This brief article addresses the Hebrew phrase ‘ervat dãbãr or ‘erwat dãbãr (עֶרְוַ֣ת דָּבָ֔ר, “exposure of a thing” or “nakedness of a matter,” Deut. 24:1). Since some incorrectly transpose the word order to dãbãr ‘ervat, we must remember to read Hebrew from right to left.
We know עֶרְוַ֣ת דָּבָ֔ר (‘ervat dãbãr, Deut. 24:1) cannot refer to adultery since God previously made clear that such was dealt with by the death penalty (Deut. 22:22). While we do not always remember to read for remote context, going back about a chapter and a half to Deuteronomy 22 helps us understand that עֶרְוַ֣ת דָּבָ֔ר (‘ervat dãbãr, Deut. 24:1) was not sexual.
‘Ervat dãbãr also occurs about half a chapter prior to Deut. 24:1 (Deut. 23:14). Notice the context in which it occurs:
“You must have a designated area outside the camp where you can go to relieve yourself. Each of you must have a spade as part of your equipment. Whenever you relieve yourself, dig a hole with the spade and cover the excrement. The camp must be holy, for the Lord your God moves around in your camp to protect you and to defeat your enemies. He must not see any shameful thing among you, or he will turn away from you” (Deut. 23:12-14, NLT).
God states that the excrement must be covered. If they failed to cover it, God indicates by the use of ‘ervat dãbãr that he would see the excrement exposed or “naked.” Young’s Literal Translation consistently translates ‘ervat dãbãr as “the nakedness of anything” (Deut. 23:14; 24:1).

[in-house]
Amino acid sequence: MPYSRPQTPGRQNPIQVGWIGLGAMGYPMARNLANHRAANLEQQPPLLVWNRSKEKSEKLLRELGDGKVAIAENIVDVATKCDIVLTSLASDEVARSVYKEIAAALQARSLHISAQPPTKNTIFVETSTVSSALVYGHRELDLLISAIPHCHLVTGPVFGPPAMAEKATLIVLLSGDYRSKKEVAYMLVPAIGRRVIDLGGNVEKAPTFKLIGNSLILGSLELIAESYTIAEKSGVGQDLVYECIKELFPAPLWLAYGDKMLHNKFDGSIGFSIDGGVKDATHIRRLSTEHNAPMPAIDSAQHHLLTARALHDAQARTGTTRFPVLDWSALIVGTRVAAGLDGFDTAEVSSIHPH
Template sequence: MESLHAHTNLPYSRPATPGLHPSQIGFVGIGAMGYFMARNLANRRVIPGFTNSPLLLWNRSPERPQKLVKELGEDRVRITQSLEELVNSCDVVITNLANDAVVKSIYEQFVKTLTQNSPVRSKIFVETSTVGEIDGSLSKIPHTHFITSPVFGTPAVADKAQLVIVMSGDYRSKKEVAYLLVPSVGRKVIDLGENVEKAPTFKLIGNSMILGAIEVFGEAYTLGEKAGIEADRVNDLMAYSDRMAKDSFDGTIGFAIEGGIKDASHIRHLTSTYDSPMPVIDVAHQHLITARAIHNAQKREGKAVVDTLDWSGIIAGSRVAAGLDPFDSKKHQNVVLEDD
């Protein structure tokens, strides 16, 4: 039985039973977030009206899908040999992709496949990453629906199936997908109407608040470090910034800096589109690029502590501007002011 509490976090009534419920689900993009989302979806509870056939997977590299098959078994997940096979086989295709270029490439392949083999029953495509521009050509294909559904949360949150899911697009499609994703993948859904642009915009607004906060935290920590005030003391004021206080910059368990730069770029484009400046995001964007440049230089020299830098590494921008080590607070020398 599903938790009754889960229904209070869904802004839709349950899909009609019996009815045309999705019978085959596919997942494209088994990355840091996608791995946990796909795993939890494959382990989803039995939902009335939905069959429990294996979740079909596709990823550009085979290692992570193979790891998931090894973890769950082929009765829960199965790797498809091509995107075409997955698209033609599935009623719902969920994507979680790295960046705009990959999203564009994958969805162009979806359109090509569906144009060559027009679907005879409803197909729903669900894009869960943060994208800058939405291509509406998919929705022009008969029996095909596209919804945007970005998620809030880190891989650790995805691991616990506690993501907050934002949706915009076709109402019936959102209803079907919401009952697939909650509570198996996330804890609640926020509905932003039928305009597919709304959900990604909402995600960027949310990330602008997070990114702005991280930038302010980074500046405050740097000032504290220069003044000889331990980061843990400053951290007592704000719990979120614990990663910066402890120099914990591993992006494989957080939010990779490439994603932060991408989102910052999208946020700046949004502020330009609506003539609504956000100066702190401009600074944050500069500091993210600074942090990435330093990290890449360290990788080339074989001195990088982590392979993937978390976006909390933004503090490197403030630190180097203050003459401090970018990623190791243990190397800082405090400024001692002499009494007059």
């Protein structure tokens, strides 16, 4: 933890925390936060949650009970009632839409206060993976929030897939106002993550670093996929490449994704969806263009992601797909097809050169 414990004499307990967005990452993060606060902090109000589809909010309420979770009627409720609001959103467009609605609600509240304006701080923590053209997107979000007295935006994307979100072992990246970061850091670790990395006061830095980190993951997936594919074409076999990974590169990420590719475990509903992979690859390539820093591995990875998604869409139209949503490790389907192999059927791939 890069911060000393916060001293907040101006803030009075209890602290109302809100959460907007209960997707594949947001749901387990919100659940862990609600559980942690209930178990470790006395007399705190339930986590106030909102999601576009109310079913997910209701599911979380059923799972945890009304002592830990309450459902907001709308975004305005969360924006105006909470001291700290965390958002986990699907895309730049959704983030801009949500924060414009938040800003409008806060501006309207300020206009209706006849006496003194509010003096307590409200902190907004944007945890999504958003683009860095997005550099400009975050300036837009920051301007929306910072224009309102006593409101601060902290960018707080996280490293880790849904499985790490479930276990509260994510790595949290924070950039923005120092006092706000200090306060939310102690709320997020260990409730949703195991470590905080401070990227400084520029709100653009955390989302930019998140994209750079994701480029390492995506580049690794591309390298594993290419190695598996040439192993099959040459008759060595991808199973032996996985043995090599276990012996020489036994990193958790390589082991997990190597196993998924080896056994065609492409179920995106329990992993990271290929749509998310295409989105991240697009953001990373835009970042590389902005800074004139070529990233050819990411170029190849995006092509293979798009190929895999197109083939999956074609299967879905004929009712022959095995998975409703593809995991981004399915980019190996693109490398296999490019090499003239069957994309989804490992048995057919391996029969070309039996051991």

Blenkinsopp says that Deut. 24:1-4 “speaks of the husband divorcing his wife after finding something improper, indecent or at least objectionable in her” and was “probably chosen precisely because it was vague, ill-defined, and nonrestrictive.”1 He further states, “The impossibility of a literal translation (‘nakedness of a thing’) indicates idiomatic usage; it occurs elsewhere only in Deut 23:15 [EV 23:14], with reference to feces or other unclean matter in the camp.”2
McFall says it well: “But God shows His disdain for husbands who, on non-sexual grounds, divorce their wives over trivial matters, which He refers to as an ‘ervat dãbãr ‘an exposed thing,’ and ‘hatred’ (Deut 24:1-3).”3 He points out, “This meaning has no connection with the ‘matter of fornication,’ λόγος πορνείας of Mt 19:9. If Jesus had intended to refer to the ‘ervat dãbãr category He would have used the phrase ἄσχημον πρᾶγμα (the LXX translation of ‘ervat dãbãr). One (λόγος πορνείας) is sexual, the other (ἄσχημον πρᾶγμα) is non-sexual.”4
Some incorrectly assume Jesus refers to Deut. 24:1 in Mt. 19:8 and Mk. 10:5, even thinking they hear God endorsing divorce.5 If that is what they hear, God is not the one speaking. Jesus does not endorse hardness of heart for any reason.
1Joseph Blenkinsopp, “The Family in First Temple Israel,” in Families in Ancient Israel, ed. Leo G. Perdue (Louisville, KY: Westminster John Knox, 1997), 65.
2Ibid., 97, n. 37.
3Leslie McFall, The Biblical Teaching on Divorce and Remarriage, rev. Aug. 2014: 93. https://lmf12.files.wordpress.com/2014/08/divorce_aug_2014.pdf.
4Ibid., 93, n. 144.
5See also “Did Jesus Say God Favorably Allowed Divorce?,” https://timothysparks.com/2017/12/21/did-jesus-say-god-favorably-allowed-divorce and “Does God Endorse Divorce (Deut. 24:1)?,” https://timothysparks.wordpress.com/2016/04/22/does-god-endorse-divorce-deut-241.